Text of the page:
Hey there, With Leather reader, were you one of the lucky, forthright individuals who thought a hologram-embedded band could be scientifically proven to enhance balance, flexibility and strength because Shaq and Drew Brees and some tennis players said so? Did your brain trick you into thinking someone would sell super-human strength for only $29.99? Do you play those Nigel West Dickens missions in Red Dead Redemption and think, “hey, this guy’s onto something”? Then you’ll love this quote from TMZ, which you probably already read:
Power Balance — the company that allegedly duped athletes into believing its bracelets could provide super-human strength — is about to take a $57 million dollar hit in a lawsuit filed by people who called BS on the product … TMZ has learned.
Now, sources with direct knowledge of the situation tell TMZ … the company has reached a settlement worth $57.4 million, intended to compensate all those who were misled into buying the product.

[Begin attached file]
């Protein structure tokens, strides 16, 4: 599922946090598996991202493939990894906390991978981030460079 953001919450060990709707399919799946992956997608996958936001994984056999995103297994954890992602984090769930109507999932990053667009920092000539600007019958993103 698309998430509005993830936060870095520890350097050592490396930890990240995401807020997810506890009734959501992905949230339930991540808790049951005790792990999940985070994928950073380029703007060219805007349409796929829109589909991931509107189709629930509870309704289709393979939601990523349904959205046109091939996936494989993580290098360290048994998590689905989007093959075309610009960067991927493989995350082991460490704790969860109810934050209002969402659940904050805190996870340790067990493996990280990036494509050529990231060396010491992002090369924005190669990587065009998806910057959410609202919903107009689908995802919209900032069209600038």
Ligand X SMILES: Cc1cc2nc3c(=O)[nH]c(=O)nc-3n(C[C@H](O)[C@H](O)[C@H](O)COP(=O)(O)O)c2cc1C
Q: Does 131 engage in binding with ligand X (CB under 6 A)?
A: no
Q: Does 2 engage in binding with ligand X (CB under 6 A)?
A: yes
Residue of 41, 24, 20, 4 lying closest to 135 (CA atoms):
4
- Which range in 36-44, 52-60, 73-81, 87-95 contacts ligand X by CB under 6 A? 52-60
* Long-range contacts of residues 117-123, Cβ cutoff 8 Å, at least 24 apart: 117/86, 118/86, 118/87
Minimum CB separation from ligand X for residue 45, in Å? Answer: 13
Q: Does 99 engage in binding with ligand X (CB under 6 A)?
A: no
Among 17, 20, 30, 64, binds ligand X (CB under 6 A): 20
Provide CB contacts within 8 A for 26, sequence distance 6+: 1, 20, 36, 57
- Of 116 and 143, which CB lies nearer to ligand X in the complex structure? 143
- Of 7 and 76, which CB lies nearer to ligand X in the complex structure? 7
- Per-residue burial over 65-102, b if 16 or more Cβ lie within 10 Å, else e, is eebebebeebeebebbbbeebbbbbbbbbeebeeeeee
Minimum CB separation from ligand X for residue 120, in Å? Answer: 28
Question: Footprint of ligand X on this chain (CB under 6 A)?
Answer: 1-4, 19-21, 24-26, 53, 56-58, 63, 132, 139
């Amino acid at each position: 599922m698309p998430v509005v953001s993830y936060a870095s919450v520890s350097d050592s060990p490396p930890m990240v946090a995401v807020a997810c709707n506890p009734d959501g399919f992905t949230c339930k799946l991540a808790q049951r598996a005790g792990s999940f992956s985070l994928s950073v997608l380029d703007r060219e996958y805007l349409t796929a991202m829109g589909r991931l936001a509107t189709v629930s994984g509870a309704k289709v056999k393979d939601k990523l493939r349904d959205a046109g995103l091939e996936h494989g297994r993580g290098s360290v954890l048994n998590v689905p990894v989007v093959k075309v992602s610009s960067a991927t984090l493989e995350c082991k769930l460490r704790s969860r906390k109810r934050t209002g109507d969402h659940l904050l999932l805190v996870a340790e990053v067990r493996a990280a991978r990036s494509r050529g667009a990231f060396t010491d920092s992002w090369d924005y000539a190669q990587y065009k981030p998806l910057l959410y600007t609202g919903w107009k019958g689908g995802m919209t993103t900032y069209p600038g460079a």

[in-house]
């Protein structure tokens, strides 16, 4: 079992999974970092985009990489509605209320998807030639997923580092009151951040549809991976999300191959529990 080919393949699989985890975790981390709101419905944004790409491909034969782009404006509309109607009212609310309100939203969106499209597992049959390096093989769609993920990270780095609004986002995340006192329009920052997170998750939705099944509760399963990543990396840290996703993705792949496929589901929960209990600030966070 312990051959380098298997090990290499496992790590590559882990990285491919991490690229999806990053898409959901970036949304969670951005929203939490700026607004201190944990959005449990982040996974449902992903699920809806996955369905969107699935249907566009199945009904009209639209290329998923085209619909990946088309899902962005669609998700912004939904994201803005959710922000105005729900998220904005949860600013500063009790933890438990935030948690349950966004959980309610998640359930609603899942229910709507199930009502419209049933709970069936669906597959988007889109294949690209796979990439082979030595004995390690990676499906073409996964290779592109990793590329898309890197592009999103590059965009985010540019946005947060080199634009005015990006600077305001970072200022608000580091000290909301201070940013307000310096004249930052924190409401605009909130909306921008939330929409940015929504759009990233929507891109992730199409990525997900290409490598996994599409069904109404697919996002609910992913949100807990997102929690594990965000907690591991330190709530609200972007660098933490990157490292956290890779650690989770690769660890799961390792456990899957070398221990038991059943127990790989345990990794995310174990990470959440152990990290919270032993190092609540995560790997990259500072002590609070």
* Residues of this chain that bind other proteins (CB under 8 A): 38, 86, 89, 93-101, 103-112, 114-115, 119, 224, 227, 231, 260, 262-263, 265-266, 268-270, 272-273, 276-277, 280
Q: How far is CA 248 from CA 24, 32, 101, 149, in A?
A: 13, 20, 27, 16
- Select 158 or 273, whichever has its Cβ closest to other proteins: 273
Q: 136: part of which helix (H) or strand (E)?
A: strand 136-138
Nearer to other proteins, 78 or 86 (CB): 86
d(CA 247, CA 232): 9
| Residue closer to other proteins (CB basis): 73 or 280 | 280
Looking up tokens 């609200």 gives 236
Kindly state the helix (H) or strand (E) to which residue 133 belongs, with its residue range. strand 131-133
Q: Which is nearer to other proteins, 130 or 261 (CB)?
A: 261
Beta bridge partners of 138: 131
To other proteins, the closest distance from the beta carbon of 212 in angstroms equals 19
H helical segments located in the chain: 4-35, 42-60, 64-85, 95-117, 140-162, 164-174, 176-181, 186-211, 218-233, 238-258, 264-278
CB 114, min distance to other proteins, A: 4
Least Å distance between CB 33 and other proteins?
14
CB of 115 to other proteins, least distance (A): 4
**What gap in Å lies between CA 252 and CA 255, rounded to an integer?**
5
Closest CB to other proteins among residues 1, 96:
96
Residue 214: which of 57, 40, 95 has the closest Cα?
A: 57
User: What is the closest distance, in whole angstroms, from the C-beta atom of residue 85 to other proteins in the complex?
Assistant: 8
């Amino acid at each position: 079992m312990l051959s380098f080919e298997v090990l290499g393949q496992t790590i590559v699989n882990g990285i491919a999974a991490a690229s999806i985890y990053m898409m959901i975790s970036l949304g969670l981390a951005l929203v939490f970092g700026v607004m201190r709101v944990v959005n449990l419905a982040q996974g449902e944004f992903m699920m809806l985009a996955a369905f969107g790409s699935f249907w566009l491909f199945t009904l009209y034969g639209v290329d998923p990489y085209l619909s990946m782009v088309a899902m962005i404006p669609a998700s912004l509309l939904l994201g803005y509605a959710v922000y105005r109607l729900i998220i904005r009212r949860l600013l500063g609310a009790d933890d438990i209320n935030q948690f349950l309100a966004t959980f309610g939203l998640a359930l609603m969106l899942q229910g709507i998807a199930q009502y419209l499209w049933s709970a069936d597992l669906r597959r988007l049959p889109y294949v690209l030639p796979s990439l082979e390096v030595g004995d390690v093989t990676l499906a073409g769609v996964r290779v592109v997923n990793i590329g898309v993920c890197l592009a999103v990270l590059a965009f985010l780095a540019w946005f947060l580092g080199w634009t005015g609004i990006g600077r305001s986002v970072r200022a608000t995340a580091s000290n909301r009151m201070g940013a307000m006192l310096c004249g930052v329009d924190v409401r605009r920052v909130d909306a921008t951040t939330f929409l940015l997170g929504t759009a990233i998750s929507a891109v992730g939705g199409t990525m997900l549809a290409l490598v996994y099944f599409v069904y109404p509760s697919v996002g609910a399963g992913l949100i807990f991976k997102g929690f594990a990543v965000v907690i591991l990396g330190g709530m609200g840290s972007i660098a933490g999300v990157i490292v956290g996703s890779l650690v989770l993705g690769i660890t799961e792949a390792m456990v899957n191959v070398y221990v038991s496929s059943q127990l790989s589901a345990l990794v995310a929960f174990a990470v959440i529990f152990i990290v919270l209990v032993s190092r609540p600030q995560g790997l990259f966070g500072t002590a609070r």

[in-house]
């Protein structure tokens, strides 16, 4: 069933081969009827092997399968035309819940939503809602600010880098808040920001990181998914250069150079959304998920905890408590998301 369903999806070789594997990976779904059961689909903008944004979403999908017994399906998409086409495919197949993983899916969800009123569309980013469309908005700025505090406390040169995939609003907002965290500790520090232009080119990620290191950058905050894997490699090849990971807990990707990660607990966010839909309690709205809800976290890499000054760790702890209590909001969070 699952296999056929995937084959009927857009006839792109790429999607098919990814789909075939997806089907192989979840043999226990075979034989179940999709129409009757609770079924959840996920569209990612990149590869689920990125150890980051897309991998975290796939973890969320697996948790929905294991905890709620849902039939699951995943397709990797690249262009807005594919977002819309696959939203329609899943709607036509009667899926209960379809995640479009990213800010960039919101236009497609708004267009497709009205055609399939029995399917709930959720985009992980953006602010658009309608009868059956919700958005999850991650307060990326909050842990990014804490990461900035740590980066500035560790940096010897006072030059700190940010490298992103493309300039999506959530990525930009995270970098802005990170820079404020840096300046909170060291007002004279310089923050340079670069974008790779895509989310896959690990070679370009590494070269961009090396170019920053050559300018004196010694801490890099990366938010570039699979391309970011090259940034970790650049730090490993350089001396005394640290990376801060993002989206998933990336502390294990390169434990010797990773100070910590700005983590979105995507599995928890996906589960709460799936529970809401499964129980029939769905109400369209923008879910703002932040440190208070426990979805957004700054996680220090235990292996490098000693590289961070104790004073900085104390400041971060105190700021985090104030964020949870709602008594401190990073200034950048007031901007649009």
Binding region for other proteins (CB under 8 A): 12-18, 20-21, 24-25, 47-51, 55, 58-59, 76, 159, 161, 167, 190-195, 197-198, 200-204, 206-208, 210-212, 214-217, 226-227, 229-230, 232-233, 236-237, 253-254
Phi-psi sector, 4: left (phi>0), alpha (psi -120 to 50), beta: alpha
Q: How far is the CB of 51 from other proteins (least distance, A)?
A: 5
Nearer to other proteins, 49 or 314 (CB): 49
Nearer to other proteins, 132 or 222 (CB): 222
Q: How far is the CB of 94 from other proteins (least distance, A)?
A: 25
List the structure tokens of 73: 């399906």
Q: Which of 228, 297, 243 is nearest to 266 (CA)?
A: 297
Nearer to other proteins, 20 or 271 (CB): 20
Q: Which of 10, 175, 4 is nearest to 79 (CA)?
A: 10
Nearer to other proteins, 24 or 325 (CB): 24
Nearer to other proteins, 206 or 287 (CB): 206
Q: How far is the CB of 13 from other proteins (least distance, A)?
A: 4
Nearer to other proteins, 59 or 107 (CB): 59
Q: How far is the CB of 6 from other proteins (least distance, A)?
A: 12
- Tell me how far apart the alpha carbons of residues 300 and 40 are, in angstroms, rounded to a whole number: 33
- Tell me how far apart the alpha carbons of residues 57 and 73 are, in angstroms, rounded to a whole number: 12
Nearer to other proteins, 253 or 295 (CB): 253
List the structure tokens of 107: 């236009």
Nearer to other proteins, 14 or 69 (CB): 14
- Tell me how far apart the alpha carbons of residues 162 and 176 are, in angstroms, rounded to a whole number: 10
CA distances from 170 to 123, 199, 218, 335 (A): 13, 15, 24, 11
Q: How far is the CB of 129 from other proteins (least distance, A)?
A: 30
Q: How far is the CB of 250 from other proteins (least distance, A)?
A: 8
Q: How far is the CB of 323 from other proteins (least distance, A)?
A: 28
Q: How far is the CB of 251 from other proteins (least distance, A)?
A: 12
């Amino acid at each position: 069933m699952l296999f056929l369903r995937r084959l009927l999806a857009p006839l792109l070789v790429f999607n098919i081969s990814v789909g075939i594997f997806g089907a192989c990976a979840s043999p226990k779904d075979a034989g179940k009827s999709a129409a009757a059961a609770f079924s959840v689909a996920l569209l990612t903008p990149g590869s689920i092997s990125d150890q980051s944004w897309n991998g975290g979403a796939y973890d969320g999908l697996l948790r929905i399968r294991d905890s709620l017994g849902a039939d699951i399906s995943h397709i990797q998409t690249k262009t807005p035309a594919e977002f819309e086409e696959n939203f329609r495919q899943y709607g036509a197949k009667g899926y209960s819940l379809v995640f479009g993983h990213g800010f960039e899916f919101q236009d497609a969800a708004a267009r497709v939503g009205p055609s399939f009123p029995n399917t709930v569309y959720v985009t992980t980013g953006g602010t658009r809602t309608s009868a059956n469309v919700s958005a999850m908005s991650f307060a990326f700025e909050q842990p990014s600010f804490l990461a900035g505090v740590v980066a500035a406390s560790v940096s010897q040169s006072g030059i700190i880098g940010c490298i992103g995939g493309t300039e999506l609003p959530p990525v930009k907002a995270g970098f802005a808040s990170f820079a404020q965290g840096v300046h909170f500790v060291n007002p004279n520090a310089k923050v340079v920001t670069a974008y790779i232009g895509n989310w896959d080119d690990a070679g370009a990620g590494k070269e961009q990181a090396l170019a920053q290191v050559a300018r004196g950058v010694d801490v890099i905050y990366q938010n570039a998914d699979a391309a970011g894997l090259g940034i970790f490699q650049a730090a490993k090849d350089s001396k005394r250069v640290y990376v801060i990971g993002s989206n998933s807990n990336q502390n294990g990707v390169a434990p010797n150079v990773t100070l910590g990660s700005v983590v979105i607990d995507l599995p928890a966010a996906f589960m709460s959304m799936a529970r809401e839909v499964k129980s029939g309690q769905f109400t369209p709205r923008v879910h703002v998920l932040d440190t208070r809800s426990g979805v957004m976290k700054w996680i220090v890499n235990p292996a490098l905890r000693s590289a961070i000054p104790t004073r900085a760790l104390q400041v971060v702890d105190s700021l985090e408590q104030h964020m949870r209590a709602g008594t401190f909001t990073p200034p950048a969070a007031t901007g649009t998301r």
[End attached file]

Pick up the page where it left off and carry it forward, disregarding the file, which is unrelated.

And it gets worse for PB — we’re told the company will be declaring bankruptcy and plans to fold up shop altogether.
You can order a Power Balance Bracelet today via Amazon for $2.60, a 91% discount. And hey, just because there’s no scientific evidence to back it up and the phrase “holograms which are embedded with frequencies” is meaningless doesn’t mean those 33 five-star reviews are invalid. Right? Uh, right? Sh*t, now what am I gonna tell my friend at the mall kiosk?
Everything’s a placebo, though, isn’t it? Eventually we’re going to find out we don’t even need food, we’ve just convinced ourselves that we’ll starve to death if we don’t have it. If I can’t trust a Shaq-endorsed mega bracelet, what can I trust?